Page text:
These guys play for keeps. The trail of attacks and reprisals leading up to the entrance of Slevin make his debts seem like small potatoes. That’s one of the problems with the plotting of “Lucky Number Slevin.” Call it a disproportionality in the punishment meted out. Misdemeanors seem to merit the death penalty from these characters. Lots of people die. It’s like Alfred Hitchcock meets Quentin Tarantino.

But in the end, you’ll realize that every plot point has a purpose. Willis’ rambling monologue in the terminal and his shaggy dog story about a poor SOB who lost everything at Aqueduct racetrack merit close attention. Everything’s connected. Nothing’s discarded.

Director McGuigan is a Scot without much of a track record. This is a pretty good indication of his sure hand. He’s got a plot that could have easily crossed the line from complex to convoluted. His camera work is creative without coming off as clever for clever’s sake. The juxtaposition of the lofty towers of The Boss and the rabbi contrasts nicely with the battles being fought by their charges down on the street. There’s a sweet scene near the end that puts Freeman and Kingsley in very close contact looking at the end of the game. It lasts nine minutes and involves nothing more than the dialogue of reckoning for these two men and a constantly moving camera. Well done.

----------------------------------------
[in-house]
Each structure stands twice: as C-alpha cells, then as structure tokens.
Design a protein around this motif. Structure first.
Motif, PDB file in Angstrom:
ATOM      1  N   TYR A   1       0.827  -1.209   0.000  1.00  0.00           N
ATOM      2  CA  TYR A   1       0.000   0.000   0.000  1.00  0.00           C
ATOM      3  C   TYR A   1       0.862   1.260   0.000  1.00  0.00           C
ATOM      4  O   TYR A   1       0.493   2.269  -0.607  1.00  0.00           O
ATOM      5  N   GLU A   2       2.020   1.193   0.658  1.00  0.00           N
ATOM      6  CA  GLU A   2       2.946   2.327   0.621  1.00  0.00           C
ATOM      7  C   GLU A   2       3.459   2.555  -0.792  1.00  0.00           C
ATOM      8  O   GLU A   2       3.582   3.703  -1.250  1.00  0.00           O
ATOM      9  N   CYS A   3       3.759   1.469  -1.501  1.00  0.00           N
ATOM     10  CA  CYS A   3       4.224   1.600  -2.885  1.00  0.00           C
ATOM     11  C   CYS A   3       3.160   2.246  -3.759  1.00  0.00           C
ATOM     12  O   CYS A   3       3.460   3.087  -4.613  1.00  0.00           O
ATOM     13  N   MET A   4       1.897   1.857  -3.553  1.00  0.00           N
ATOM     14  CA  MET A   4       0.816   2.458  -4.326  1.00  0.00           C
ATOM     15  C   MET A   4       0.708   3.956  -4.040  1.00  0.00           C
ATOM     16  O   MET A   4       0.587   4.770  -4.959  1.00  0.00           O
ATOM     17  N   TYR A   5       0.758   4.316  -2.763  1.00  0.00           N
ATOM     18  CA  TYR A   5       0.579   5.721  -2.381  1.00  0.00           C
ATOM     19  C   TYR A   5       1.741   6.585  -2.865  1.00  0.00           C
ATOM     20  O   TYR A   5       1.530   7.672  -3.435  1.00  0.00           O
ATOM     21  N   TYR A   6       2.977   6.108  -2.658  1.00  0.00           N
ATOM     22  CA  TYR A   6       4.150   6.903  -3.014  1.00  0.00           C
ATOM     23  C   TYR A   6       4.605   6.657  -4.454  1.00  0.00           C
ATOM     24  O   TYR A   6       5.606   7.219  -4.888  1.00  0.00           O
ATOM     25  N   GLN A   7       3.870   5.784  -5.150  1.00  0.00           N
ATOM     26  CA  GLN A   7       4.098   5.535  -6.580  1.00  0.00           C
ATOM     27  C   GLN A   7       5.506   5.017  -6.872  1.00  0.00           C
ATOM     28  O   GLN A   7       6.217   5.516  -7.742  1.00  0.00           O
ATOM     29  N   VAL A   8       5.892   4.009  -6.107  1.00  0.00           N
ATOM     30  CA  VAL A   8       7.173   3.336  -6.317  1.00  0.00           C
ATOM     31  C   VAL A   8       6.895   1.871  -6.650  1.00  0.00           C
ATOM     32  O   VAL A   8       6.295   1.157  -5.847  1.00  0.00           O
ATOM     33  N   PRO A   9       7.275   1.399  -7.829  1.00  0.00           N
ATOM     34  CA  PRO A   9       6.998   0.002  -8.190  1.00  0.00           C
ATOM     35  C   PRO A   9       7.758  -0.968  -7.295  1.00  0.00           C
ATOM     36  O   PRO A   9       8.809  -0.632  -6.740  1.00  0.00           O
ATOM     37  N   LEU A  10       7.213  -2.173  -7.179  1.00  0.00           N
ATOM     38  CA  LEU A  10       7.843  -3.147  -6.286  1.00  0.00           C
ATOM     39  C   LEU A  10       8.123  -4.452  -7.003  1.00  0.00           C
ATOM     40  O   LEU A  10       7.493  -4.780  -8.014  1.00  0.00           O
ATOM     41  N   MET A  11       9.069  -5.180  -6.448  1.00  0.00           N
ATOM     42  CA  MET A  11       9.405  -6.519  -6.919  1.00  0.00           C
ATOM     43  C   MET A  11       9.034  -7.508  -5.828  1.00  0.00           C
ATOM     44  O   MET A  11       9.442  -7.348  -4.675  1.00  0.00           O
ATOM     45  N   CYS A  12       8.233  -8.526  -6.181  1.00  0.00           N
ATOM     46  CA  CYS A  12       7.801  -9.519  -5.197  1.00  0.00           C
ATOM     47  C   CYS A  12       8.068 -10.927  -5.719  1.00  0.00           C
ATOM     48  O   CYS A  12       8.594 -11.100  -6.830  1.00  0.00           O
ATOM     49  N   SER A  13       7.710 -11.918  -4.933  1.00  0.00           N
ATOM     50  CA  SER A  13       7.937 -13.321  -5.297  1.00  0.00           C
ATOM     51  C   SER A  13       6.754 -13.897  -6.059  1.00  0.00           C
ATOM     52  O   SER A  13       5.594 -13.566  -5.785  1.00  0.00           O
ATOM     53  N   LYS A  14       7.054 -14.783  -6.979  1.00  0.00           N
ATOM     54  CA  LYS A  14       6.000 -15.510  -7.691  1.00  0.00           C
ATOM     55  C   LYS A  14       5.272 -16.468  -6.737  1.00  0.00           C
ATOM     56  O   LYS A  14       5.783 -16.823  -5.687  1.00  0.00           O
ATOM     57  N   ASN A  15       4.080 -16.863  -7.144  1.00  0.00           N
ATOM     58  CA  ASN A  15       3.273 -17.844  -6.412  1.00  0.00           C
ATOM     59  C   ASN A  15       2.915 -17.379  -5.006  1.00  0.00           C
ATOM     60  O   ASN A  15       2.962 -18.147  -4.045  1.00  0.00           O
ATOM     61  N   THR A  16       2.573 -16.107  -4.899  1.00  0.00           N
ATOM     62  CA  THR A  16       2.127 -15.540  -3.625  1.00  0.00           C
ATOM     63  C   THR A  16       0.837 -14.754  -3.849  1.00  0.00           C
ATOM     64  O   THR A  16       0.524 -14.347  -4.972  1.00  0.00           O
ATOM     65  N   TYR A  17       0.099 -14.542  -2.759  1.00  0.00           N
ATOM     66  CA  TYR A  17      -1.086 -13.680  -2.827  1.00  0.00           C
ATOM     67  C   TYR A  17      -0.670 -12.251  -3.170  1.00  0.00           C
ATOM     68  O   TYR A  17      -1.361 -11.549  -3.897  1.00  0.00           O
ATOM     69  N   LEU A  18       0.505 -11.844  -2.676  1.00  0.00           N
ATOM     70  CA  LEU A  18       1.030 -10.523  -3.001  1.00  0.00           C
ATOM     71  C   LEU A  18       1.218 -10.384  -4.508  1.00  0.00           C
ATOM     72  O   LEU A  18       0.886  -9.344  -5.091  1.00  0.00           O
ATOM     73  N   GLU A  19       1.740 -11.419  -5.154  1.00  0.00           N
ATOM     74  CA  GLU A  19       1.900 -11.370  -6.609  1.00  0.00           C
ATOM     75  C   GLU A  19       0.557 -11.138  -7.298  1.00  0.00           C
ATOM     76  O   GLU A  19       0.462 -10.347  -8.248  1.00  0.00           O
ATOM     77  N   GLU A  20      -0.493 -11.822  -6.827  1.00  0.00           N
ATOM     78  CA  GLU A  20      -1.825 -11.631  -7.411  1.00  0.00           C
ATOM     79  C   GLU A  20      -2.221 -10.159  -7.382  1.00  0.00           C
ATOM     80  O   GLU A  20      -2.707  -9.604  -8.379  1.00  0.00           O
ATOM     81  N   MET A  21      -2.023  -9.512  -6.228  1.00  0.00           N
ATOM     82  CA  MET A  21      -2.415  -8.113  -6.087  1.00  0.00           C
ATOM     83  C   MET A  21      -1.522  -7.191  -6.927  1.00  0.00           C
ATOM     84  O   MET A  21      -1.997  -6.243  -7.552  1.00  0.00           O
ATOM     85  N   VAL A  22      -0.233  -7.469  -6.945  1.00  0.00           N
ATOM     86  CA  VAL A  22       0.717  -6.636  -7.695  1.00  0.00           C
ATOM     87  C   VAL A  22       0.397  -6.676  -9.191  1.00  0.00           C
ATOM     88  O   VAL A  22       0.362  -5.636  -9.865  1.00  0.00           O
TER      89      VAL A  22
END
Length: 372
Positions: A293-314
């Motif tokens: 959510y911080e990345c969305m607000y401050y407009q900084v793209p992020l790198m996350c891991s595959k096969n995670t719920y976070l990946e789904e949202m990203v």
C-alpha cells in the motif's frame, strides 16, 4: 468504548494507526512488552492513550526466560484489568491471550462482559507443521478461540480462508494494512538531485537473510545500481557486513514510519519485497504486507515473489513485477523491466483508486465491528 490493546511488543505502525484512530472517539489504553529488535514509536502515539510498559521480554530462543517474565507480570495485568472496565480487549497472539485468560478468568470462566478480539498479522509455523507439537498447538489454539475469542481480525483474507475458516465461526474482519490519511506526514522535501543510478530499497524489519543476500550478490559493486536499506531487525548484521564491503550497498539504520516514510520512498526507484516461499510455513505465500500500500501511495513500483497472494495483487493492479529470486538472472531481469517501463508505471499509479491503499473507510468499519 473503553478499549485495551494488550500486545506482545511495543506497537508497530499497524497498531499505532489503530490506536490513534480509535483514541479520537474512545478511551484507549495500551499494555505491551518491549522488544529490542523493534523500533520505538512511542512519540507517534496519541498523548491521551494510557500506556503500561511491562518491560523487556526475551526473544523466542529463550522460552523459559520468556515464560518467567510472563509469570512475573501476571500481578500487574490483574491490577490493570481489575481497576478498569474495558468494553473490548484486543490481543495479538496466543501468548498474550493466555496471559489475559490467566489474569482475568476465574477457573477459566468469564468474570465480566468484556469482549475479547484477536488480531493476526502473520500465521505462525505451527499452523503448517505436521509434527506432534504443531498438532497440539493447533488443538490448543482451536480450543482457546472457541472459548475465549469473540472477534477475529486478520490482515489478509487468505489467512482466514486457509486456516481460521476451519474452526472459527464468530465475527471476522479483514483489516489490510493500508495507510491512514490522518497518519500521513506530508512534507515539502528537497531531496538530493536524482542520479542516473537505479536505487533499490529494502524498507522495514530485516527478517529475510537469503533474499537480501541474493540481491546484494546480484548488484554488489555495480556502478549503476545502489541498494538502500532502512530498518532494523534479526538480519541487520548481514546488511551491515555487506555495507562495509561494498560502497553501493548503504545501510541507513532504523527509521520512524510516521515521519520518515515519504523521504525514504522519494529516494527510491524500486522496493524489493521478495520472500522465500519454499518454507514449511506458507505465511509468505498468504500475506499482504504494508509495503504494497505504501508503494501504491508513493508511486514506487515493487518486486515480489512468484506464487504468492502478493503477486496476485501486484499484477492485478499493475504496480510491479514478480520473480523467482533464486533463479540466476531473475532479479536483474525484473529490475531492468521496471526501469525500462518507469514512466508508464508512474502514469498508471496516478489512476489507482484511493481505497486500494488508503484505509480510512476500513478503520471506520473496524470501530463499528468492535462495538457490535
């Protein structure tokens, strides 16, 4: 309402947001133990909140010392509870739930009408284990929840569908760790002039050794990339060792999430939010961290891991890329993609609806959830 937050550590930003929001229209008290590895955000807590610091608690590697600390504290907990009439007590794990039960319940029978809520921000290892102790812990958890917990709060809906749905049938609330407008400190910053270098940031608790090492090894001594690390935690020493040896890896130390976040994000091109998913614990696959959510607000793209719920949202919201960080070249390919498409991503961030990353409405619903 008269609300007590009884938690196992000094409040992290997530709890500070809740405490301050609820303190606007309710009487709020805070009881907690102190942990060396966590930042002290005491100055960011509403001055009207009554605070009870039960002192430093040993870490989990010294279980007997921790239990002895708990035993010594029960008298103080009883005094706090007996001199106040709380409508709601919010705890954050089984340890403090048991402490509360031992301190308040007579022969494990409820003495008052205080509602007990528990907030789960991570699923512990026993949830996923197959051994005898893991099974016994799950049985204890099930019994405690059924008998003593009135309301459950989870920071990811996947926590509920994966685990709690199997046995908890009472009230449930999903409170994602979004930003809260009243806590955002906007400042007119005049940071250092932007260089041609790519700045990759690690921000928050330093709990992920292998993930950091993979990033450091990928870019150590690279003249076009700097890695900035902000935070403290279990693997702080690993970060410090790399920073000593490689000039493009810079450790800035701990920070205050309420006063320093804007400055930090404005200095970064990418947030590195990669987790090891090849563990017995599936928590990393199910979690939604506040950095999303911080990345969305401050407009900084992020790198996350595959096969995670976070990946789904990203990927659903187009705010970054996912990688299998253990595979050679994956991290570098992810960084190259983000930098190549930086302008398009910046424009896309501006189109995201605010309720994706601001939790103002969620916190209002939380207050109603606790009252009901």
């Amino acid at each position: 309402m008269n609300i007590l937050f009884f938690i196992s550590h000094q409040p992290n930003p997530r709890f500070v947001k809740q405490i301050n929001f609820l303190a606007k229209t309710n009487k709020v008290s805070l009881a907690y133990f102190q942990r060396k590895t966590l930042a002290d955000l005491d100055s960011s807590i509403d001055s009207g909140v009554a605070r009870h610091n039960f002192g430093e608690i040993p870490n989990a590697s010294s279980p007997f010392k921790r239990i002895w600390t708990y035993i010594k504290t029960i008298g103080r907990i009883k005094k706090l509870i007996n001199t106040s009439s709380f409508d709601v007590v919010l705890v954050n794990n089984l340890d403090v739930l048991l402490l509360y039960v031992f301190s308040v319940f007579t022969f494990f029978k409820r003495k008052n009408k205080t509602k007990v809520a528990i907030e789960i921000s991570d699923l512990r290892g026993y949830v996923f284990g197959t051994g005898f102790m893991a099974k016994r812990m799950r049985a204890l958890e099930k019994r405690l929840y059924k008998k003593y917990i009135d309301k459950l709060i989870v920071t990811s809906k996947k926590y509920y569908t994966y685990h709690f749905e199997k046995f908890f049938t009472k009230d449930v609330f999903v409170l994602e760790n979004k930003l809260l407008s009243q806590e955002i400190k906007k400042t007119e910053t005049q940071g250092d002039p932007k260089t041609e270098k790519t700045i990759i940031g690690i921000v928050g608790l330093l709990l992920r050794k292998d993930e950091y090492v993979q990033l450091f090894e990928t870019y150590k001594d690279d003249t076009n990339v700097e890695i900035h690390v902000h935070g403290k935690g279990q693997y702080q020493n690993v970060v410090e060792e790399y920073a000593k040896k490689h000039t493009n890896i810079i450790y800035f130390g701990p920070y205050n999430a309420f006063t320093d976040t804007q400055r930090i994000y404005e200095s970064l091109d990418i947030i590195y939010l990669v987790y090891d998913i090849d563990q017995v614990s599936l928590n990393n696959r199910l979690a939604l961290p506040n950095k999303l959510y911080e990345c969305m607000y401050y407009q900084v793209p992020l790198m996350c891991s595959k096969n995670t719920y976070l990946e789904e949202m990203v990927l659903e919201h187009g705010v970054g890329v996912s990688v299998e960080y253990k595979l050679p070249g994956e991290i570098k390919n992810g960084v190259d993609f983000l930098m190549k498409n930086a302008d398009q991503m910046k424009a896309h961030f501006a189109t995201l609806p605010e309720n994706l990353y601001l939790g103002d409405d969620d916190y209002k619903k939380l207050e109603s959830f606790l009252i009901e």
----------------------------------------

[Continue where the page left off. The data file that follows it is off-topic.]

Besides a satisfying denouement, there are two great lines from Willis that will make it worth your while to hang in there. When asked about a virtual certainty he responds, “Sure thing? No such thing. Charlie Chaplin entered a Charlie Chaplin look-alike contest in Monte Carlo and came in third.” Then at the end when one of the other characters (no fair telling you which one) expresses shock that Willis could have found him, he says, “I’m a world-class assassin, f#%&head!”

How ‘bout those Oscars?! I’ve always made it a point not to miss even a minute of the Oscars telecast. Alas, I think I’ve been disabused of that obligation with the latest Academy Awards show. It’s not that Jon Stewart wasn’t a winning host—I thought he did a pretty good job. It’s just that I feel I’ve already heard every acceptance speech given. There were no surprises. The suspense about to whom the Oscar would go couldn’t make up for the banality of what the winners had to say. And they’ve already said it at all the other award shows. So long, Oscar, it’s been good to know you.

Stephen Farber recently published a biting piece in the Los Angeles Times titled, “Ten Films That Give Oscar a Bad Name.” Without stealing the details, here’s his list of movies awarded the Oscar for best picture that shouldn’t have been: “The Greatest Show on Earth” (1952), “Around the World in 80 Days” (1956), “The Great Ziegfeld” (1936), “Ben-Hur” (1959), “The English Patient” (1996), “Forrest Gump” (1994), “You Can’t Take It with You” (1938), “Rocky” (1976), “American Beauty” (1999), and…the envelope please… “Crash” (2005).

Bill Gallagher is the News Director of AM 860 KPAM – the Talk Station. He also writes the monthly Movie Column for BrainstormNW.

BrainstormNW - April 2006